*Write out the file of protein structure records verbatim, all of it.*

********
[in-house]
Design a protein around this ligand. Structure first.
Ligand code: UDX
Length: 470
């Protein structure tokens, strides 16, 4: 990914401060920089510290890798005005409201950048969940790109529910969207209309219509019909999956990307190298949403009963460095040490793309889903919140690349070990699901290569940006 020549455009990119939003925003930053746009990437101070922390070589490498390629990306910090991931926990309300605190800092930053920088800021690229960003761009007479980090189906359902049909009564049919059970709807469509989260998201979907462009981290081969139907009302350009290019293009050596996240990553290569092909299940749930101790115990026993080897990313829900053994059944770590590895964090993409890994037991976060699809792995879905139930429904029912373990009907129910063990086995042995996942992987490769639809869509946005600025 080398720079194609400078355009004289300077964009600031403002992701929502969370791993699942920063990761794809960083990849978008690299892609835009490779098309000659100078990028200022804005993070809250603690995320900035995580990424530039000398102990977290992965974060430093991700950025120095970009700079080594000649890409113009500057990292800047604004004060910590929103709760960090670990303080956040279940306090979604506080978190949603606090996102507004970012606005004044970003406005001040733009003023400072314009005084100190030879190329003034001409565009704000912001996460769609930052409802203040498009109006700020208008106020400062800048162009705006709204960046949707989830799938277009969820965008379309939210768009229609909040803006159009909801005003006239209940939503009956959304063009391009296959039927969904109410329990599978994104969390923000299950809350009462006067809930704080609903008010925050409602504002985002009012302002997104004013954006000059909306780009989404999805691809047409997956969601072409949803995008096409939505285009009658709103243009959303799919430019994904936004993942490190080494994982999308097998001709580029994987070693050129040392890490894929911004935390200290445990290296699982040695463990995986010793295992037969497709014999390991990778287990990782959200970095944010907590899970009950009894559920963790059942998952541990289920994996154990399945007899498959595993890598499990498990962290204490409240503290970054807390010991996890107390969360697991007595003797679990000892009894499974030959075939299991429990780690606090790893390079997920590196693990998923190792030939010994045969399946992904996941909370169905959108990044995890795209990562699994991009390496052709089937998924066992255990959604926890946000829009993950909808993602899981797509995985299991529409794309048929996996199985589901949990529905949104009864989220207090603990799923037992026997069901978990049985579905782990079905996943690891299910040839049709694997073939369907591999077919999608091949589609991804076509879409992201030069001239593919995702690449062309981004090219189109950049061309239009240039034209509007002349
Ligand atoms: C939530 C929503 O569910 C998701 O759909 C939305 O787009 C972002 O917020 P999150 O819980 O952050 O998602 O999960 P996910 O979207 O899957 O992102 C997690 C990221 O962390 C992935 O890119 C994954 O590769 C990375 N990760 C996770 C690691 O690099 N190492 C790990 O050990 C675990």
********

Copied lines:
[in-house]
Design a protein around this ligand. Structure first.
Ligand code: UDX
Length: 470
């Protein structure tokens, strides 16, 4: 990914401060920089510290890798005005409201950048969940790109529910969207209309219509019909999956990307190298949403009963460095040490793309889903919140690349070990699901290569940006 020549455009990119939003925003930053746009990437101070922390070589490498390629990306910090991931926990309300605190800092930053920088800021690229960003761009007479980090189906359902049909009564049919059970709807469509989260998201979907462009981290081969139907009302350009290019293009050596996240990553290569092909299940749930101790115990026993080897990313829900053994059944770590590895964090993409890994037991976060699809792995879905139930429904029912373990009907129910063990086995042995996942992987490769639809869509946005600025 080398720079194609400078355009004289300077964009600031403002992701929502969370791993699942920063990761794809960083990849978008690299892609835009490779098309000659100078990028200022804005993070809250603690995320900035995580990424530039000398102990977290992965974060430093991700950025120095970009700079080594000649890409113009500057990292800047604004004060910590929103709760960090670990303080956040279940306090979604506080978190949603606090996102507004970012606005004044970003406005001040733009003023400072314009005084100190030879190329003034001409565009704000912001996460769609930052409802203040498009109006700020208008106020400062800048162009705006709204960046949707989830799938277009969820965008379309939210768009229609909040803006159009909801005003006239209940939503009956959304063009391009296959039927969904109410329990599978994104969390923000299950809350009462006067809930704080609903008010925050409602504002985002009012302002997104004013954006000059909306780009989404999805691809047409997956969601072409949803995008096409939505285009009658709103243009959303799919430019994904936004993942490190080494994982999308097998001709580029994987070693050129040392890490894929911004935390200290445990290296699982040695463990995986010793295992037969497709014999390991990778287990990782959200970095944010907590899970009950009894559920963790059942998952541990289920994996154990399945007899498959595993890598499990498990962290204490409240503290970054807390010991996890107390969360697991007595003797679990000892009894499974030959075939299991429990780690606090790893390079997920590196693990998923190792030939010994045969399946992904996941909370169905959108990044995890795209990562699994991009390496052709089937998924066992255990959604926890946000829009993950909808993602899981797509995985299991529409794309048929996996199985589901949990529905949104009864989220207090603990799923037992026997069901978990049985579905782990079905996943690891299910040839049709694997073939369907591999077919999608091949589609991804076509879409992201030069001239593919995702690449062309981004090219189109950049061309239009240039034209509007002349
Ligand atoms: C939530 C929503 O569910 C998701 O759909 C939305 O787009 C972002 O917020 P999150 O819980 O952050 O998602 O999960 P996910 O979207 O899957 O992102 C997690 C990221 O962390 C992935 O890119 C994954 O590769 C990375 N990760 C996770 C690691 O690099 N190492 C790990 O050990 C675990």